All in all it’s shaping up to be a strong season, one with a few very important changes in effect and Spence will be highlighting some very important factors below about those points. For now though, here’s Makker with his week’s MX Hub contribution…
One of the things that’s been bugging me this past week is just how many top-level Australian riders (not just in Australia) are yet to land rides in 2013. At the last count, Brett Metcalfe, Errol Willis, Matt Moss, Dan McCoy, Josh Cachia and Luke Arbon are yet to sign any sort of deal with a team.
But one of the most shocking announcements I heard this week was 2011 GNCC podium finisher Josh Strang is without a ride for 2013 and is looking at buying bikes and doing life tough out of the back of a van. The guy won some of the toughest cross-country races in the world, has a ridiculous work ethic and is super-professional but still can’t get a ride?
Something’s wrong. Is the industry hurting that much that some of the best racers Australia has ever produced are still desperately seeking rides for 2013?
I understand that money is tight at the moment, and it’s a big investment to hire these top-level riders. I also understand that there’s always a natural progression of racers who fall off the boil or are surpassed by the next wave of talent. But look at that list in my first paragraph and tell me who of those guys can’t win races.
And let’s consider the fall-out of this little trend: if these guys can’t get rides they’ll more than likely have to try the privateer life for a couple of years then turn away from the sport disheartened at not being able to compete, or will cut their losses now and go work in the mines (as Jake Moss so nearly did last year).
This could shrivel up the talent depth on the start-gate to just a handful of blokes with team seats and the odd local A-grader looking to rub elbows with the elite. We saw a warning sign of this at Horsham in 2012 when there were only 18 guys on the MX1 start-gate. My guess is we’re going to see this sight become more common in 2013 unless the situation is somehow addressed quickly.
Over to you, Spence.
As the Raymond Terrace season opening round of the 2013 Monster Energy MX Nationals looms near, WEM has announced a number of changes for the 2013 season – once again adding another element of excitement to the series. It seems WEM have taken in the good and bad comments from last year’s series, resulting in Kevin Williams his crew putting together some solid improvements for the new year.
You can click here to check out the full complete list of changes, which includes the crowd pleasing return of the traditional two 30-minute moto format, but I would like to point out a few key things that stand out within the list of updates for 2013.
First up, the Super Pole lap. At the conclusion of timed qualifying, the top five riders will return to the start line and each rider will be fitted with a GoPro camera. When directed they will do one sprint lap, the result of this sprint lap will then determine the top five positions for qualifying.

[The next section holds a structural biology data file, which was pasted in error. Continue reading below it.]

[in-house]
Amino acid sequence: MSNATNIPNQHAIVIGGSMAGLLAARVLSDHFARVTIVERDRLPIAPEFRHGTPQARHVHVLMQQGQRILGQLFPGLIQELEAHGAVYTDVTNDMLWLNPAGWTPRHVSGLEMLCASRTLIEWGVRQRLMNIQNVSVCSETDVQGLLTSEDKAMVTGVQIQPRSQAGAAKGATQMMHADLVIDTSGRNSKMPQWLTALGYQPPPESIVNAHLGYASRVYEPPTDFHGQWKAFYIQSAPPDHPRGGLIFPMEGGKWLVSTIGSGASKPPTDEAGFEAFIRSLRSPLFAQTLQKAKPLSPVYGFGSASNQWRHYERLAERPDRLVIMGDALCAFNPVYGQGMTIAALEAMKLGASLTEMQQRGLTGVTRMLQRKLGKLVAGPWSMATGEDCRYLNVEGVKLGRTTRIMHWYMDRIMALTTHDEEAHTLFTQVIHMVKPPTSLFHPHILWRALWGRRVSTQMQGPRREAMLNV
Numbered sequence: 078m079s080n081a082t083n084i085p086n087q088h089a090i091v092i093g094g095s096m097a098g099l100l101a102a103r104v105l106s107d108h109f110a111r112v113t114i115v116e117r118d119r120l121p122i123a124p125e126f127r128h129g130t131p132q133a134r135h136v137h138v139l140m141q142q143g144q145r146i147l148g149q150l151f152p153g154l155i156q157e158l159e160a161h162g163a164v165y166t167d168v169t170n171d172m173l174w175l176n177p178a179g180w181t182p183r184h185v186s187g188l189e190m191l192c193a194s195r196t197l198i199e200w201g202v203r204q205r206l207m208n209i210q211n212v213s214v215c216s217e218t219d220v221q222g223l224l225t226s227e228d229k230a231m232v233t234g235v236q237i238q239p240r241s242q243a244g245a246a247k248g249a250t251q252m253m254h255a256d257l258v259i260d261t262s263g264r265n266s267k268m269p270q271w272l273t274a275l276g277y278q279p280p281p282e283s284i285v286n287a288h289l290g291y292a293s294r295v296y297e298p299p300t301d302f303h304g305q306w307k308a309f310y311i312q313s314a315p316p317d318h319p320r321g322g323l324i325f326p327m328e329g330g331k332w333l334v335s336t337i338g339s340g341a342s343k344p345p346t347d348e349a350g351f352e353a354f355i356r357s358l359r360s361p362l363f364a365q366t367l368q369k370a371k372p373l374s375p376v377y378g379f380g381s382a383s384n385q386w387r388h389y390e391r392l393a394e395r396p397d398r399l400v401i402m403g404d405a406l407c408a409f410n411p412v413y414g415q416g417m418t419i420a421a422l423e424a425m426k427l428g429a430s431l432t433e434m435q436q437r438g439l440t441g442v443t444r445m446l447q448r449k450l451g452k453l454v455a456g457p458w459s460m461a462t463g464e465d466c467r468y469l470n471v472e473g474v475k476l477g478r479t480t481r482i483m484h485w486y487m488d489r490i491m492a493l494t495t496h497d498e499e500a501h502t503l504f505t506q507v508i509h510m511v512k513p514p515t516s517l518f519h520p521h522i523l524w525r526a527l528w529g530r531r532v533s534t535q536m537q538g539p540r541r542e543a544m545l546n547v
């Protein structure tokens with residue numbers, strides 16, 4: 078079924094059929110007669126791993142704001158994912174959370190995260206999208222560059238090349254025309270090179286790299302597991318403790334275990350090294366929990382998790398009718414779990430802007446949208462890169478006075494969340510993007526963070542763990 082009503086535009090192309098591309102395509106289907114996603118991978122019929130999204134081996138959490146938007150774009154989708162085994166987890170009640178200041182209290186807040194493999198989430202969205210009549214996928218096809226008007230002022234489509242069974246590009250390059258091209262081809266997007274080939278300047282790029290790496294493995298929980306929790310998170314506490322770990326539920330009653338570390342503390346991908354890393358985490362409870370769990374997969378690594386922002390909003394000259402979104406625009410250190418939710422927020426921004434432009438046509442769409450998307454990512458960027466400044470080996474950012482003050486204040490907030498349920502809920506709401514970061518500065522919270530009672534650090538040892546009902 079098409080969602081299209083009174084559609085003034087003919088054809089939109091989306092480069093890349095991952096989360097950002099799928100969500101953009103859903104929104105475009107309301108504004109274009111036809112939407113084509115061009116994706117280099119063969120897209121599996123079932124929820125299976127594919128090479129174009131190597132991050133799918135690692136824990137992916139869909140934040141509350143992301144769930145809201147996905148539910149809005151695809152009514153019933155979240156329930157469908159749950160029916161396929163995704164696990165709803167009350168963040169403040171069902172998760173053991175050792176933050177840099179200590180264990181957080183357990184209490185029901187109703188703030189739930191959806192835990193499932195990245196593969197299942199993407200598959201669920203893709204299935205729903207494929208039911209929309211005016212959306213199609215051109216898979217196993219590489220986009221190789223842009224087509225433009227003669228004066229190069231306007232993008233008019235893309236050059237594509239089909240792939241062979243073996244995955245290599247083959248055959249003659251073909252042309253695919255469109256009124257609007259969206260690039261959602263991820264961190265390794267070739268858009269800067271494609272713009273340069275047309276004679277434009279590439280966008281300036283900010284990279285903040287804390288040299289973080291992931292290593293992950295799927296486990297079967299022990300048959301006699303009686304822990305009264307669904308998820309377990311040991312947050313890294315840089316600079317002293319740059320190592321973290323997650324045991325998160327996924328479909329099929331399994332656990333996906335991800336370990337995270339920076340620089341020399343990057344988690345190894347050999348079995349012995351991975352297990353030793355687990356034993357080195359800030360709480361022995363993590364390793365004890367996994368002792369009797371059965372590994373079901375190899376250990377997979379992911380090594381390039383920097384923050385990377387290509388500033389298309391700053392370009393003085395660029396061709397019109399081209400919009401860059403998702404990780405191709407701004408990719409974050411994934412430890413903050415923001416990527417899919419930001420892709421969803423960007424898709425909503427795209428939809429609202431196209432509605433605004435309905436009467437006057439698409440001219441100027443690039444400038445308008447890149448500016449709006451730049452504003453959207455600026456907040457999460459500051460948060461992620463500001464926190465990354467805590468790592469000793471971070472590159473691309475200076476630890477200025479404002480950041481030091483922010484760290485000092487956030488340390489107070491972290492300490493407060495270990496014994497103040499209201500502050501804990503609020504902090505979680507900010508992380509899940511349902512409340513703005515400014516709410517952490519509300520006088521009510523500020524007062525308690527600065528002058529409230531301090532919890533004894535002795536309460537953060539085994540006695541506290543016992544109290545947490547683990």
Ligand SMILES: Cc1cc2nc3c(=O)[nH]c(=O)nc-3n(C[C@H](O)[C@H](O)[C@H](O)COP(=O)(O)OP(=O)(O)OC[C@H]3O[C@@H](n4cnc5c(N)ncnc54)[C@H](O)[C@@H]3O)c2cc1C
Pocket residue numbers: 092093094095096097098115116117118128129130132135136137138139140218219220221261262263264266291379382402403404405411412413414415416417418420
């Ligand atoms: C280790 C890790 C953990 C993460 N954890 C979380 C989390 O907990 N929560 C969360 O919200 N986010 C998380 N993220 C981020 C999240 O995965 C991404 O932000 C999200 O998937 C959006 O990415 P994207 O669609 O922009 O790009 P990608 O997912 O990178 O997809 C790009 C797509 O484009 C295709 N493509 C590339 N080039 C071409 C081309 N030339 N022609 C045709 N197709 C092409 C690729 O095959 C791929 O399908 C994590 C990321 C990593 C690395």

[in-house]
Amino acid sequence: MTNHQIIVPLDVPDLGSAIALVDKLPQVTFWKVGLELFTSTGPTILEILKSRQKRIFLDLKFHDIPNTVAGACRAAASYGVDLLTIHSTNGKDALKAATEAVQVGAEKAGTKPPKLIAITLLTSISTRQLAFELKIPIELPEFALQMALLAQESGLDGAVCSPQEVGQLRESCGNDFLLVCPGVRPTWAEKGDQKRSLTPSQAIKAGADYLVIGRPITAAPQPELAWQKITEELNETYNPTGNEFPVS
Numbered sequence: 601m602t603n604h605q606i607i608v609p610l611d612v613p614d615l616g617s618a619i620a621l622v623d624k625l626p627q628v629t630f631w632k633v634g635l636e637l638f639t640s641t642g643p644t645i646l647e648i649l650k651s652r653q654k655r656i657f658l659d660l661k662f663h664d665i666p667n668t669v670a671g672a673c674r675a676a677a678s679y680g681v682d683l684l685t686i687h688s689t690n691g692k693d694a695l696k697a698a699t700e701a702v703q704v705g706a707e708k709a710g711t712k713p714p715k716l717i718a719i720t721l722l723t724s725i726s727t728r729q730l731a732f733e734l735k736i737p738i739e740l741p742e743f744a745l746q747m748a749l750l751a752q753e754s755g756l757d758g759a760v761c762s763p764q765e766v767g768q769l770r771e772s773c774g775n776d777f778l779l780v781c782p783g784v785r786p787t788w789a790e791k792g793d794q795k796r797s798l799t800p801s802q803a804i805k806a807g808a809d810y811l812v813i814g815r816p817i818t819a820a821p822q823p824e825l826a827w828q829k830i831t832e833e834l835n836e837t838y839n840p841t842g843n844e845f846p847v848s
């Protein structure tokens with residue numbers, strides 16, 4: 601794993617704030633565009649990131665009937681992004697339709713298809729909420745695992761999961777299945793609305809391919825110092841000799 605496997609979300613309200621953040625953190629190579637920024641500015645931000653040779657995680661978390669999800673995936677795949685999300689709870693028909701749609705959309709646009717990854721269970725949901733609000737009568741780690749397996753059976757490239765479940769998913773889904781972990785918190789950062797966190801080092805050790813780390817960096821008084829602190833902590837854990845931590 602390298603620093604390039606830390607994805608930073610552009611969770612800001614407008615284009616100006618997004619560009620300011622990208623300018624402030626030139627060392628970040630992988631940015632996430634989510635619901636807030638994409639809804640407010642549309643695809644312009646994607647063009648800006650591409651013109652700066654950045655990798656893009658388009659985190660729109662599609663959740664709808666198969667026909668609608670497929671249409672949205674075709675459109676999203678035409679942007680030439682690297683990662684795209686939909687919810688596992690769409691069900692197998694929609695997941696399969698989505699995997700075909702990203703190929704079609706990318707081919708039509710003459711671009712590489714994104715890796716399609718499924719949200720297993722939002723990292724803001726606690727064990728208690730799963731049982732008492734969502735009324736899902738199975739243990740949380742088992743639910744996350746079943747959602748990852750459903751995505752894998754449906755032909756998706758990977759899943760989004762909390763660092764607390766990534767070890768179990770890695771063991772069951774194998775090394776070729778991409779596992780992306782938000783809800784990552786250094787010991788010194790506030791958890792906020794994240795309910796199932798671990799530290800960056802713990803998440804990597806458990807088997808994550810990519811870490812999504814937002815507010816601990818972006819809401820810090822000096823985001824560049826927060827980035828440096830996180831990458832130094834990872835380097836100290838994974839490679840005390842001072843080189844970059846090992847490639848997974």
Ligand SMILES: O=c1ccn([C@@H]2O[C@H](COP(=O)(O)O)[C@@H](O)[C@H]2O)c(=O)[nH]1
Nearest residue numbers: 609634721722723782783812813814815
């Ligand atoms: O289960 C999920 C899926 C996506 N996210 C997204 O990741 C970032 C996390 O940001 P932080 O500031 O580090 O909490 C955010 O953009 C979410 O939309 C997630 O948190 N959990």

The key point here will be that there is valuable championships points on offer for each and every one of these top five riders, along with the fastest qualifier scoring an extra $500.00 in their pocket. This means that not only will the Super Pole lap be intense, but the final minutes of regular qualifying will be just as important. If you’re not in that top five at the end of the session, you have zero chance of scoring any ‘bonus’ points.
As mentioned above, the traditional moto format has returned, but this new Super Pole system will definitely suit the sprinters, meaning the importance of sprinting will still be vital in 2013 even though the motos have switched to 30 minutes a piece.
Another significant change is the decision to award points to riders all the way down to 30th place. Having points awarded down through 30th position is a major incentive for privateers to keep battling it out against the best in the country. Before, the chances to score points were slim at select rounds with high entries, so now with 10 extra point-scoring positions, privateers throughout will get a little more incentive to keep toughing it out and working on their craft at a national level.
Finally, another important change is the introduction of the Eject Helmet Removal System, which will be mandatory for all riders competing in the series – this is a first in Australia, and a great addition safety-wise in my opinion.
In an effort to further improve rider safety and medical service at the MX nationals, all riders must fit the system to their helmet, this device has been used in the American motocross and supercross series’ for some time now, and has also spread into other sports including Indy Cars.
This updated safety regulation brings our series in-line with the most high-calibre events in the world, a great move on WEM’s part to assure our series is held in regard as one of the best in world, along with making sure our riders are kept as safe as possible at all times.